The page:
Chef owner Stuart Ralston is switching the restaurant, which is recommended in the 2018 Michelin Guide Great Britain and Ireland, from a five to a four-day week in the hope of giving his team a better work-life balance without a pay-cut.
He told the Edinburgh Evening News that though the change was ‘difficult for a small business’ he saw it as a reward to his long-term staff.
“There’s a tendency to overwork in this industry, the days are long and can be very physically demanding, so it’s important we all have a chance to enjoy life away from the workplace,” said Ralston.
The chef launched 36-cover Aizle, which offers a £55 five-course set tasting menu, with his wife Krystal Goff in 2014. He hopes that closing on Sundays will allow him more time to spend with their three-year-old son.
“Since we opened three and a half years ago I’ve spent virtually zero time at home,” he said. “We start at 8.30 am and it’s often midnight or 12.30 am before we finish. It’s a long day and by Sunday we’re all pretty depleted. But that’s what it takes to run the restaurant.”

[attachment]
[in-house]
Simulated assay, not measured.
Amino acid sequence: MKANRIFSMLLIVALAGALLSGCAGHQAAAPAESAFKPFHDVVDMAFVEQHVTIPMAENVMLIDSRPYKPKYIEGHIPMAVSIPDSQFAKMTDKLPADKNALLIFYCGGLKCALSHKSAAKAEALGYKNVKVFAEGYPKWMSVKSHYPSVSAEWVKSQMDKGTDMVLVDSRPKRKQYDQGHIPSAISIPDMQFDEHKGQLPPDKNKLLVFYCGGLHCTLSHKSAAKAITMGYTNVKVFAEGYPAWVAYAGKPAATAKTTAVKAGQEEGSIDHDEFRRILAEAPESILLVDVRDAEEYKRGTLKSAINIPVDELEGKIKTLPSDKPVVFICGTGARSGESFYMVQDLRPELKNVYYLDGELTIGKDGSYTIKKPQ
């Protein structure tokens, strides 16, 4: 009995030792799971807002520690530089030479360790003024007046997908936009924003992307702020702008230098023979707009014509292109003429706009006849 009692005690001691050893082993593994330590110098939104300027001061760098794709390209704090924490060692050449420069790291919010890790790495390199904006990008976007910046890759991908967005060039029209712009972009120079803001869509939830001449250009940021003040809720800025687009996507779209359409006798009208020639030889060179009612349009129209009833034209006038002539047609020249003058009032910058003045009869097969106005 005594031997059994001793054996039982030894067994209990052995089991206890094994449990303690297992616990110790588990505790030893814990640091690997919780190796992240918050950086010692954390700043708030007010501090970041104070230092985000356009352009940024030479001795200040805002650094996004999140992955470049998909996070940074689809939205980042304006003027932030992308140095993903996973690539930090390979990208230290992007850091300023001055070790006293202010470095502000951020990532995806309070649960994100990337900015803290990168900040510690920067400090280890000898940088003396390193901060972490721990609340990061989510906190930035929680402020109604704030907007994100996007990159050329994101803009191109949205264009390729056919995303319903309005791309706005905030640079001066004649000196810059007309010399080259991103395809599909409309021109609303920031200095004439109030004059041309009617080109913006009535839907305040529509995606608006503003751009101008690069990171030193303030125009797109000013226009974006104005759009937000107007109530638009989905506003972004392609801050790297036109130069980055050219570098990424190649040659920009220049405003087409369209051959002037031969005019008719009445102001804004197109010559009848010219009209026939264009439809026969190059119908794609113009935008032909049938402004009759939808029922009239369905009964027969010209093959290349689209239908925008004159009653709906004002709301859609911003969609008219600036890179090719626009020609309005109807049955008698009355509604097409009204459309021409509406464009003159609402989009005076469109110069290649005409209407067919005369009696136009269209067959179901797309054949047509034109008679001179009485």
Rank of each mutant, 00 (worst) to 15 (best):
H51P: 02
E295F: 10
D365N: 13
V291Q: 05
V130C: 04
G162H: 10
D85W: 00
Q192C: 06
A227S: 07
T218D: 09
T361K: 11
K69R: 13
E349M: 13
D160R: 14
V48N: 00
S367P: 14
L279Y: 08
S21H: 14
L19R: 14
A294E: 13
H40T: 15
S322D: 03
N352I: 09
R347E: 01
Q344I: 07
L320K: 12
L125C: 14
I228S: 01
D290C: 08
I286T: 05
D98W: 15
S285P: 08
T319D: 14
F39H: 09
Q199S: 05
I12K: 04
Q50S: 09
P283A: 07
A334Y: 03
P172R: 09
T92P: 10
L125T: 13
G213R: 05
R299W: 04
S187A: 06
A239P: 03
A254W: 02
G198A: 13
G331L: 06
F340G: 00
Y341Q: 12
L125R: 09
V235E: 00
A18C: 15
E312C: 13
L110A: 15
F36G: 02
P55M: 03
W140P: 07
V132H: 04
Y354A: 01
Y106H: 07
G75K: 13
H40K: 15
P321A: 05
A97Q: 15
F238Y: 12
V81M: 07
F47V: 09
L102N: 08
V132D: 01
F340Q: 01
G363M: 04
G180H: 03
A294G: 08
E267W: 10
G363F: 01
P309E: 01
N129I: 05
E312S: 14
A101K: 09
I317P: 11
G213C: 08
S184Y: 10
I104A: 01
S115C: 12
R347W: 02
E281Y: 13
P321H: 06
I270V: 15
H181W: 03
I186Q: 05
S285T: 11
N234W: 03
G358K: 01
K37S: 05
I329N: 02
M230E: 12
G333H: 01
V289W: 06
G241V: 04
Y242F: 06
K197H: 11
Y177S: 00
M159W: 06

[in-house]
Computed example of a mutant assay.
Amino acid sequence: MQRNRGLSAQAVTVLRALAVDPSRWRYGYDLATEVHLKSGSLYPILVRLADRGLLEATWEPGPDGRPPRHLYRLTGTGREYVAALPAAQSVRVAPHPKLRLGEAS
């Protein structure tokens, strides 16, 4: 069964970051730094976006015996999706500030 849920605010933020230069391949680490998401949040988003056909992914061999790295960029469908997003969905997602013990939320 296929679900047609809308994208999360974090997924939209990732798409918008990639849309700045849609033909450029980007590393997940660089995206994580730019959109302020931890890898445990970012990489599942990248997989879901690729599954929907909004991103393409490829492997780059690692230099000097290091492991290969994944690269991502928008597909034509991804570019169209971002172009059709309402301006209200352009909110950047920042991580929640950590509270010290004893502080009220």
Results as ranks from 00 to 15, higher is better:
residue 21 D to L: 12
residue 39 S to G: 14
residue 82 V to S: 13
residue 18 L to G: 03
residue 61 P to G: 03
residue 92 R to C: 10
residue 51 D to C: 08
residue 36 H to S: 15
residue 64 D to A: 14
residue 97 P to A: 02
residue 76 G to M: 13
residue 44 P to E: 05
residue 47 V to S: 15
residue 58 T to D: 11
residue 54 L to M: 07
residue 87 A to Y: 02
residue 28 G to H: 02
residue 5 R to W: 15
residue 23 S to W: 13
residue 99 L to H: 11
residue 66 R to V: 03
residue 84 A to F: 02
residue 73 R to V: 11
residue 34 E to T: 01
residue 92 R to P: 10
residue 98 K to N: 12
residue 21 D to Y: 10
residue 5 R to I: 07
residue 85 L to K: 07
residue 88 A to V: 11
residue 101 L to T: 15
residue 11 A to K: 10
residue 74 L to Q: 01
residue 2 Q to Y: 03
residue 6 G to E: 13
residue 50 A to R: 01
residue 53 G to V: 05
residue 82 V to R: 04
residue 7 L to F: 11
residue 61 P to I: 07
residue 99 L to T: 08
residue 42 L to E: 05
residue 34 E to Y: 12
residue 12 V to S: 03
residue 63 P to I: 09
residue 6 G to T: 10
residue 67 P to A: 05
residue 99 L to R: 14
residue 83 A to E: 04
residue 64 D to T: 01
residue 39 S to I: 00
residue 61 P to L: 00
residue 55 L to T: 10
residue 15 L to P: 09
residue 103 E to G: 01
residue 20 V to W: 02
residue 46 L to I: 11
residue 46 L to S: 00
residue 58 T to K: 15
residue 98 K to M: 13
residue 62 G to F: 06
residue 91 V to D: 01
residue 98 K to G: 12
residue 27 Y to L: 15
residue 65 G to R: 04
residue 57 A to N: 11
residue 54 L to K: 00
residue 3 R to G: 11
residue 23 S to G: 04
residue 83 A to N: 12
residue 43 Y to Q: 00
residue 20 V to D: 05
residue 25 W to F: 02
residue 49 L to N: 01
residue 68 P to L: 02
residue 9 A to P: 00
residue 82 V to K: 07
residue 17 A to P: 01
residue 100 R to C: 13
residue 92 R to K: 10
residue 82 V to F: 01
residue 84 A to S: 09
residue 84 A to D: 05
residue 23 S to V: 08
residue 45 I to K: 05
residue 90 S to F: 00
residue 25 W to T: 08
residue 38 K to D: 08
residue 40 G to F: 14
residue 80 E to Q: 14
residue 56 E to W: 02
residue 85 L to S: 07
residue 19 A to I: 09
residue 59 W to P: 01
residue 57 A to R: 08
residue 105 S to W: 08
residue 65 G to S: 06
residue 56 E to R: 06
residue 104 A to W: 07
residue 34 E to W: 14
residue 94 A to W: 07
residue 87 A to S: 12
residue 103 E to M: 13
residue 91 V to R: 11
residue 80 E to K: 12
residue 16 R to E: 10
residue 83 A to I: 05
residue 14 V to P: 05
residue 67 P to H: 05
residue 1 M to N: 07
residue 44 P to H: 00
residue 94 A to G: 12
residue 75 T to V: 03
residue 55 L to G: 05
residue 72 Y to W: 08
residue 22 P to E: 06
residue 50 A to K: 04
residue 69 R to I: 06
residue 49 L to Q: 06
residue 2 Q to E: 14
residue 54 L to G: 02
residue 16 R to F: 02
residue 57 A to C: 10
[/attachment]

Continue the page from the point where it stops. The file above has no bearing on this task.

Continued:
Chefs including Sat Bains, James Close and Michel Roux Jr have reduced opening times at their restaurants in the last few years in a bid to tackle the long-hours culture that has become endemic to the industry.
Swedish chef Magnus Nilsson revealed last year that he had raised prices and tripled the size of his team at two Michelin-starred Faviken in order to reduce staff hours from an average of 80 to 40-45 a week.
Rene Redzepi's Noma is also moving from a five to a four-day week and increasing the cost of its menu by approximately £30 when relaunches in February.
“Customers should want to know that the people serving their meal, cooking it and cleaning up afterwards are being well looked after,” said Ralston.